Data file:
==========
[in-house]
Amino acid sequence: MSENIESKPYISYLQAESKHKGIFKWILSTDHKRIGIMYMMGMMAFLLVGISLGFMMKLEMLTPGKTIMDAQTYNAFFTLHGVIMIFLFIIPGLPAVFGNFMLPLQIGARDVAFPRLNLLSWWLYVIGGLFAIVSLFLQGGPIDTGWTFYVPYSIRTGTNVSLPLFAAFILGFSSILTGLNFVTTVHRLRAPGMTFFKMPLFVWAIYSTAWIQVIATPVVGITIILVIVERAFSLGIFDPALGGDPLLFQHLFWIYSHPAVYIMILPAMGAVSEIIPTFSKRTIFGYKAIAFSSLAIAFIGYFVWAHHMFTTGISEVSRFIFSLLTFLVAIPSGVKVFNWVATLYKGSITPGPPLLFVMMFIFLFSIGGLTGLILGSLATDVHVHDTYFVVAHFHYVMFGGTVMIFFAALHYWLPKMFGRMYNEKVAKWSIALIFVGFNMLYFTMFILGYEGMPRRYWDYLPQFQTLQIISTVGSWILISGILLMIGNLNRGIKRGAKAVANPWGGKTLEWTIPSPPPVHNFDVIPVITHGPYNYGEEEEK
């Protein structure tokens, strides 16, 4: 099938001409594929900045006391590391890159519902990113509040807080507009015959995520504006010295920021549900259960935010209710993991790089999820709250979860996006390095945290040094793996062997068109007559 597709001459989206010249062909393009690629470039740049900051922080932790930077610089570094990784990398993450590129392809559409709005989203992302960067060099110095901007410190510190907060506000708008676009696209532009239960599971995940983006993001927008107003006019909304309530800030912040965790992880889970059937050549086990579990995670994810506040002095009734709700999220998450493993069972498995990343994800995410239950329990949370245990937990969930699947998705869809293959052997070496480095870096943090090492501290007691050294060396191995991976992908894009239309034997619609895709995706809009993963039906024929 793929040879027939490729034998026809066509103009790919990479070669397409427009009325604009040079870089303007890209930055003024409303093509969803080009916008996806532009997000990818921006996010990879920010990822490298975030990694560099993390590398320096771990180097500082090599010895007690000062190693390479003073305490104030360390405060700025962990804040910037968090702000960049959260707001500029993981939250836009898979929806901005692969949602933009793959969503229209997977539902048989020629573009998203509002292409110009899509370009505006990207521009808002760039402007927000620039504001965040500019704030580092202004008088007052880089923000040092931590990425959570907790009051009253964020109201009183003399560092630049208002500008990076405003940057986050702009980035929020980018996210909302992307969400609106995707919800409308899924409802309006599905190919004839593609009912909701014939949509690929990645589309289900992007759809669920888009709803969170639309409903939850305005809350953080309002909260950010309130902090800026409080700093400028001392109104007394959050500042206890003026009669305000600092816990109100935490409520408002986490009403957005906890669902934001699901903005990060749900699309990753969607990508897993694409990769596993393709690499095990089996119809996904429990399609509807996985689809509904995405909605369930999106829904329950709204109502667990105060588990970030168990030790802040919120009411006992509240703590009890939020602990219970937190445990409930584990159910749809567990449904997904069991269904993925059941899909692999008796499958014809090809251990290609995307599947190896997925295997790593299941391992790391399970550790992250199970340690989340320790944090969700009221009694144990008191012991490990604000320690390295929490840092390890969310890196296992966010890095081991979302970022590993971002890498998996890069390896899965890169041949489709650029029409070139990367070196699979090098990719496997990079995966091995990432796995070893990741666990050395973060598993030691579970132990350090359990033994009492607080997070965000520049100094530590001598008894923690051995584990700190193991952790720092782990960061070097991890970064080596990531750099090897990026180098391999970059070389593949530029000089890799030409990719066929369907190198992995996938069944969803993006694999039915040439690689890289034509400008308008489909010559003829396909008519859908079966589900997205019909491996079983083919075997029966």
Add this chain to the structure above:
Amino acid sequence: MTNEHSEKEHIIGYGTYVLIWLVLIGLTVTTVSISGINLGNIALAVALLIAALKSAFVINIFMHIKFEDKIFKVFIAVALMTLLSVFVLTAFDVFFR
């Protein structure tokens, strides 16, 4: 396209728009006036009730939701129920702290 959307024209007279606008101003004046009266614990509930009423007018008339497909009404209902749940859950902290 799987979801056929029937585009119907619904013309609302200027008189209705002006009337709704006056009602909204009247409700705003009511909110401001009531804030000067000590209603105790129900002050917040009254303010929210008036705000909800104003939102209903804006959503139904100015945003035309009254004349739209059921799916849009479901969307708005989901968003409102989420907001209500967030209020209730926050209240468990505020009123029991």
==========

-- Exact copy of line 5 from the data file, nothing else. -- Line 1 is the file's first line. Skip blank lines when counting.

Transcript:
Amino acid sequence: MTNEHSEKEHIIGYGTYVLIWLVLIGLTVTTVSISGINLGNIALAVALLIAALKSAFVINIFMHIKFEDKIFKVFIAVALMTLLSVFVLTAFDVFFR